Saturday, January 24, 2009

The Habs: 100 Years...100 Stars?

The Mother Corp. ran a special Friday night (rerun tonight after the NHL All-Star Game Skills Sideshow) called "The Montreal Canadiens: 100 Years, 100 Stars." Hosted by the Father, the Son and the Goalie host of "The Hour" and Canadiens' fan George Snuffleupagus (as opposed to his American doppelganger also oddly with the exact same moniker--George Snuffleupagus).

I don't know about you, but even this lapsed B's fan was expecting a countdown of the top 100 players in Hab history hence the title of the program. At the very least I was curious as to where Rick "4 Cups" Chartraw and Mike "B's killer" McPhee ended up on that list.
The man, the myth, the moustache

But noooooooooo! We got various typical Canajan celebs takes on their fave Hab teams, moments, players, etc. Of course, spliced in were some interesting short new interview clips from the Guys (Lafleur and Carbonneau), Bob Gainey, Mr. Erudite, the Pocket Rocket and the Le Gros Bill.

Other than that, we heard from such stellars Canadian "stars" as Mitsou, Justin Trudeau, the guy who played the lead character in the blink-and-you-missed-it "Ed" TV series, as well as members of such bands as Simple Plan, Great Big Sea, Sam Roberts of the creatively named Sam Roberts Band, Gino Vannelli and the ubiquitous Anne Murray. Apparently, Rene Simard was unavailable, but we got to see a 15-year-old Celine Dion in action. I was half expecting Bobby Bittman and Lola Heatherton to make appearances.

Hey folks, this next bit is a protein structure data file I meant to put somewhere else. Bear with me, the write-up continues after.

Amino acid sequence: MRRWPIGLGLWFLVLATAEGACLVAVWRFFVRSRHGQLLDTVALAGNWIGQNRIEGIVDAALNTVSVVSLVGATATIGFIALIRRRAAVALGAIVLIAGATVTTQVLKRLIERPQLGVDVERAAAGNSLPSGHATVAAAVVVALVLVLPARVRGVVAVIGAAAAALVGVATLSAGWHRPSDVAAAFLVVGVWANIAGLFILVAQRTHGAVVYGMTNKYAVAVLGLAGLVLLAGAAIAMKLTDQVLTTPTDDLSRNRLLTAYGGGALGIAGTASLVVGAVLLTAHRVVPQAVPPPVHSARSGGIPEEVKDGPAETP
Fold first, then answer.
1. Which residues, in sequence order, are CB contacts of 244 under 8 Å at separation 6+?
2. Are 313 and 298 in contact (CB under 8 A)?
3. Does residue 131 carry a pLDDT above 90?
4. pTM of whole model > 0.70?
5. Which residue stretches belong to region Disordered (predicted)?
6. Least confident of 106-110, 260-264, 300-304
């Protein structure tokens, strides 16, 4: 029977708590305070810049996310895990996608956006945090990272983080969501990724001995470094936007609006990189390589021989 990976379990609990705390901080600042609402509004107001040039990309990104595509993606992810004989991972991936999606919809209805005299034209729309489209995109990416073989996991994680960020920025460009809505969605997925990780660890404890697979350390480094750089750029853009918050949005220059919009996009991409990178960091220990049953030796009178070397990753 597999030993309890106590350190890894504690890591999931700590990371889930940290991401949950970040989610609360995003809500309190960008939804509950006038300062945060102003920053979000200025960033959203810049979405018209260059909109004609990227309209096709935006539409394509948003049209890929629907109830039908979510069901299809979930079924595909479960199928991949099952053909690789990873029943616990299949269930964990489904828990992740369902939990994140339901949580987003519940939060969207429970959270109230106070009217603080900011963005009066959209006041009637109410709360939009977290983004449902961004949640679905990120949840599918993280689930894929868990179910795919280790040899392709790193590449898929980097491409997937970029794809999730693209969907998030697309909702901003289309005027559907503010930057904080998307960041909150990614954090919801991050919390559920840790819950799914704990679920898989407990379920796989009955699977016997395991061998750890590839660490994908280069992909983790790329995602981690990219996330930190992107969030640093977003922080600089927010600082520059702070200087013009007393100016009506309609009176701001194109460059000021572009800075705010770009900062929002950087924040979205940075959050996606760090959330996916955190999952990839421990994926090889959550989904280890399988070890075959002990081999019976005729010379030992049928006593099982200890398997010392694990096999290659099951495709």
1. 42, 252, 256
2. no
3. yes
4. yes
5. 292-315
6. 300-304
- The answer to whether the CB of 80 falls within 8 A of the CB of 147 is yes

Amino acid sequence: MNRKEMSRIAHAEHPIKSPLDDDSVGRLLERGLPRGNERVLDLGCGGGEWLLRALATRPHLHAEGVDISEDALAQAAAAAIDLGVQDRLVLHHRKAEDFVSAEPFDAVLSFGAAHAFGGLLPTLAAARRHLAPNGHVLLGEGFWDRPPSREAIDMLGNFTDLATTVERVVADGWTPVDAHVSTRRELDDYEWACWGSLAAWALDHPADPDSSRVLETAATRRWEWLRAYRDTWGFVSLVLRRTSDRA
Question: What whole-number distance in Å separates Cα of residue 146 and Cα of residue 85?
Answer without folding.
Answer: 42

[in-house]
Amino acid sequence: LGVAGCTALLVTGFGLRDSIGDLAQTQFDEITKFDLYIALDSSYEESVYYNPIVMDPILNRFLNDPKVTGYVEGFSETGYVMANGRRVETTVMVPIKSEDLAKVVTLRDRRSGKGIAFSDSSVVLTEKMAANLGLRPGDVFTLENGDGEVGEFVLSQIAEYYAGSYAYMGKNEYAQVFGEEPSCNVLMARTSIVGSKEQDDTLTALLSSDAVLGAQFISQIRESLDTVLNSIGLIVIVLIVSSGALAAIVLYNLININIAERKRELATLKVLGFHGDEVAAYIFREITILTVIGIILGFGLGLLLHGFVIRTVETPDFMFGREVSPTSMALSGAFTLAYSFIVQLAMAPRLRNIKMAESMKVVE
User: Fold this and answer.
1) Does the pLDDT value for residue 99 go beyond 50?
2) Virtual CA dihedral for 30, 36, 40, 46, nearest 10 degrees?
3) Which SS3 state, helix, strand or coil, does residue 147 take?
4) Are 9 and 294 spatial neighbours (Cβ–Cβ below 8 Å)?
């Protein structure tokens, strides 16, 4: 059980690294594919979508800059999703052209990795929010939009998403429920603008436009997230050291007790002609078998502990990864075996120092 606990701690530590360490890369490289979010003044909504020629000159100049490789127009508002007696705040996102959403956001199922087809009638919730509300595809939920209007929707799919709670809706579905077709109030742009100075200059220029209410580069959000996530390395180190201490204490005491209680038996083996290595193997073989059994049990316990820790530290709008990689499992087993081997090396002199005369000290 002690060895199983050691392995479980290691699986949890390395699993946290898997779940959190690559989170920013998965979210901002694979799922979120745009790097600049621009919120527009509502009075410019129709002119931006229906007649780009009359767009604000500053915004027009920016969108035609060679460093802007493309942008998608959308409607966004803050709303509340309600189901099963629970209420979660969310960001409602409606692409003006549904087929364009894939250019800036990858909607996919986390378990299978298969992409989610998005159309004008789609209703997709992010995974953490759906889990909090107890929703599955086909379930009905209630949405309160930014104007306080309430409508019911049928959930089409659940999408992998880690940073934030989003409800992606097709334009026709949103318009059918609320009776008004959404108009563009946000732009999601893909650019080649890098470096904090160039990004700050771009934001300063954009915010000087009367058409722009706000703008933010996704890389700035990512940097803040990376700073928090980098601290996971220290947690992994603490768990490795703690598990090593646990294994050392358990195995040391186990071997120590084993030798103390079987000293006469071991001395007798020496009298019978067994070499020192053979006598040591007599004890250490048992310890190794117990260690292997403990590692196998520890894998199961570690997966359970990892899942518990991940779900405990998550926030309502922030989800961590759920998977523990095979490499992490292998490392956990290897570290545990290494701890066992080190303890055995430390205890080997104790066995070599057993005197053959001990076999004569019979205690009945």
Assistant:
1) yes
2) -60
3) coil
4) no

This led to learning that Jason Priestley won $10,000 off Val Kilmer and Kurt Russell by betting on the Habs in the '93 Final vs. the LA Gretzkys. So now we know the organizer of the "Donna Martin Graduates" protest likes his sports betting. Of course, having a Canuck fan relate this story added much gravitas to the program.

At least we learned a few more things:

The program also managed to tie Jackie Robinson's breaking of baseball's color barrier which began with the Montreal Royals to the Habs' multiculturalism being the key to their success. Never letting the facts get in the way of their point, of course, the Al MacNeil-Henri Richard feud in the 1971 playoffs that got MacNeil canned despite coaching (with a tad of help from rookie goalie sensation Ken Dryden) the Habs to the Cup that season was not mentioned.

Also, Strombo tried to tie the recent revival of the Hab franchise under Carbo and Gainey to Montreal's current supposedly "vibrant" music scene. If you consider Arcade Fire "vibrant" then you're probably onboard with everything this program has to say on the Hablers.

Anyway, it's good to know that our tax dollars are hard at work producing such fine filler for the airwaves.

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